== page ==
Date of Award


Document Type


Degree Name

Master of Education (MEd)

First Supervisor/Advisor

Dr. Mweru Mwingi

Second Supervisor/Advisor

Dr. Winston Massam


Institute for Educational Development, East Africa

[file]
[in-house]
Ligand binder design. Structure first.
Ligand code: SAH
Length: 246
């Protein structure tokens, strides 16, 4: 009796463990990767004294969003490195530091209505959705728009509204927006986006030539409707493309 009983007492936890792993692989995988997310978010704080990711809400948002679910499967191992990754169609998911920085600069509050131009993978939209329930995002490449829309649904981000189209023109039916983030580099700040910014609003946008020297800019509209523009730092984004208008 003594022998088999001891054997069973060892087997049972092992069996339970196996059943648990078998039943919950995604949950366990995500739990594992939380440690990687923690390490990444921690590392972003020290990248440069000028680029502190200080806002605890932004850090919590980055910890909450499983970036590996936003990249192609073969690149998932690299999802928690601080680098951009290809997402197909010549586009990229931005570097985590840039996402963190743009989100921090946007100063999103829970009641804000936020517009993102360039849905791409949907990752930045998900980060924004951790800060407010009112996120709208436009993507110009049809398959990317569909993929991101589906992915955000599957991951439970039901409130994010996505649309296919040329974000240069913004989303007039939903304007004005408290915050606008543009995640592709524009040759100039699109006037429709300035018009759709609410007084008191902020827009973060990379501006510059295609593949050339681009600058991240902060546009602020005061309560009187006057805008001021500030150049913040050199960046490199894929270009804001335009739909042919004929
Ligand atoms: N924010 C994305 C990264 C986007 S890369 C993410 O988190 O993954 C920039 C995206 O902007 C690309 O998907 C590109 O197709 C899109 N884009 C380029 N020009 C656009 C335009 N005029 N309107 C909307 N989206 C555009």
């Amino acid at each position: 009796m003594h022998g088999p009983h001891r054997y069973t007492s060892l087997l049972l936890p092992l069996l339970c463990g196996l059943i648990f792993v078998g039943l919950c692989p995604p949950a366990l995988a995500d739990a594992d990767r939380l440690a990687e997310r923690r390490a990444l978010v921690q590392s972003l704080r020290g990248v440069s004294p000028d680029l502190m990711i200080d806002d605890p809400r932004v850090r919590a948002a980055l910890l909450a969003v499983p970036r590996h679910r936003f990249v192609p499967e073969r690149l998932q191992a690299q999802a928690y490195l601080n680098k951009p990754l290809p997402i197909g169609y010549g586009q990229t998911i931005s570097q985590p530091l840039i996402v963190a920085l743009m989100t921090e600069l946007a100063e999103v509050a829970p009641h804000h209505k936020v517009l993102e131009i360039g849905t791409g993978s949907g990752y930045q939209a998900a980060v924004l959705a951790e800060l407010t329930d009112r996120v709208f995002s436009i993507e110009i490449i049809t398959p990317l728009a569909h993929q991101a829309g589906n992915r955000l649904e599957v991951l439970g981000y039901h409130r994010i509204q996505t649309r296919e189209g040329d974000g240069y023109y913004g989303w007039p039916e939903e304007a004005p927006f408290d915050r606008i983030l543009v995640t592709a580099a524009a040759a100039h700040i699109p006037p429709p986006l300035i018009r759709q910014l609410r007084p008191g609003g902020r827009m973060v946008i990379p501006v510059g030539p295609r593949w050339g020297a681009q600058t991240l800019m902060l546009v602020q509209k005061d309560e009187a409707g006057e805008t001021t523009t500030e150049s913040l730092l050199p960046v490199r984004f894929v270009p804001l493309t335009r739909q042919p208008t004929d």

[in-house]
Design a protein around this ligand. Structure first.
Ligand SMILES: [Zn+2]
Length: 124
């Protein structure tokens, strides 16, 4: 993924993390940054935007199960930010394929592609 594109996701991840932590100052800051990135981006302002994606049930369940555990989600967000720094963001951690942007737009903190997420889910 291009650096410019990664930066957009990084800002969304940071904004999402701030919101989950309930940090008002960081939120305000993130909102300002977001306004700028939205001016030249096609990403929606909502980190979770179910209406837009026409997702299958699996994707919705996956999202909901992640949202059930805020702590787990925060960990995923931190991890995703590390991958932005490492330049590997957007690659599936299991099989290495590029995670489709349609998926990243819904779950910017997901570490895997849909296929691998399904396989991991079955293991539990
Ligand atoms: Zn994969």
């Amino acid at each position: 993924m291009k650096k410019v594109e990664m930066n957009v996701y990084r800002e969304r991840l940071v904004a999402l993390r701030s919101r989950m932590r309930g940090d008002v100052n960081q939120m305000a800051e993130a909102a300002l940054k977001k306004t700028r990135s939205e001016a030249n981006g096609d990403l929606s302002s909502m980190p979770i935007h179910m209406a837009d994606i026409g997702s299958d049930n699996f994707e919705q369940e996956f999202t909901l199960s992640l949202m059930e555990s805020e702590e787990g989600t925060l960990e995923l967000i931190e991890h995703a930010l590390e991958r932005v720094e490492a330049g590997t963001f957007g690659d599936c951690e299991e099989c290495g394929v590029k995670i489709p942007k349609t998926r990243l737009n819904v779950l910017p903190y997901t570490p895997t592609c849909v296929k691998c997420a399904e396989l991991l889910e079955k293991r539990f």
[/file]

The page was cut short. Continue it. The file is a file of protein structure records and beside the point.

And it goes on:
The 21st century requires learners that are critical thinkers, problem solvers, creative and innovators. Science, Technology, Engineering and Mathematics (STEM) as a discipline demands logical thinking, engagement and exploration which results in the equipping of learners with these essential skills. In reality, however, STEM is perceived as difficult to master and in particular gender stereotyping prevail whereby science is constructed as male and masculine discipline. Research on women and STEM primarily reports women in science from a negative stance, from negative perception to science or high prevalence of gender stereotypes that affect female access to science. These studies uphold a stance that is widely believed as true and while gendered beliefs and practices are known to reign access to STEM, there is minimal research that has been conducted on successful women and girls that value and have broken the barriers in science. These studies are mostly from Western countries yet, national examination results from the Kenya National Examination Council (KNEC) indicate that women are defying the gendered norm in science. For such reasons, this study sought to explore a case of successful girls’ enrollment, participation and achievement in science subjects in one public secondary school in Taita Taveta County Kenya. A qualitative research approach and a case study design were applied to explore how girls in Juhudi Girls’ High School (pseudonym) are defying the gendered norm. Purposive sampling was used to select the school, teachers and students’ participants. Semi-structured interviews, focus group discussion and document analysis were used as key methods for data collection. The study findings revealed that even though there is an existing gender norm in science learning, there is a strong counter trend and defiance against the norm among girls in form 3 and 4, aged between 15 and 18. The study reports positive trends in enrollment and achievement in science and especially physics. Indeed, the study established an interplay of influences both positive and negative that affect the girls’ sustained interest and engagement in science. The positive factors include an inclined love and interest for science, success expectations vis-à-vis the utility value of science, future placement in science related courses and careers, hands-on teaching and learning experience of science, mentorship as well as teacher, peer and parental support. Further, obstacles that emerged as a hindrance to girls’ engagement in science include stereotypes, parental pressure, negative peer influence, inadequate resources and the ‘smart kids’ syndrome. Despite the myriad of challenges, the study revealed the existence of a strong self-efficacy and motivation as girls’ anchor towards successful engagement in STEM. This confirms the postulates of the expectancy-value theory which argues that students’ self-concepts and intrinsic value determine their aspirations, subject choices and achievement.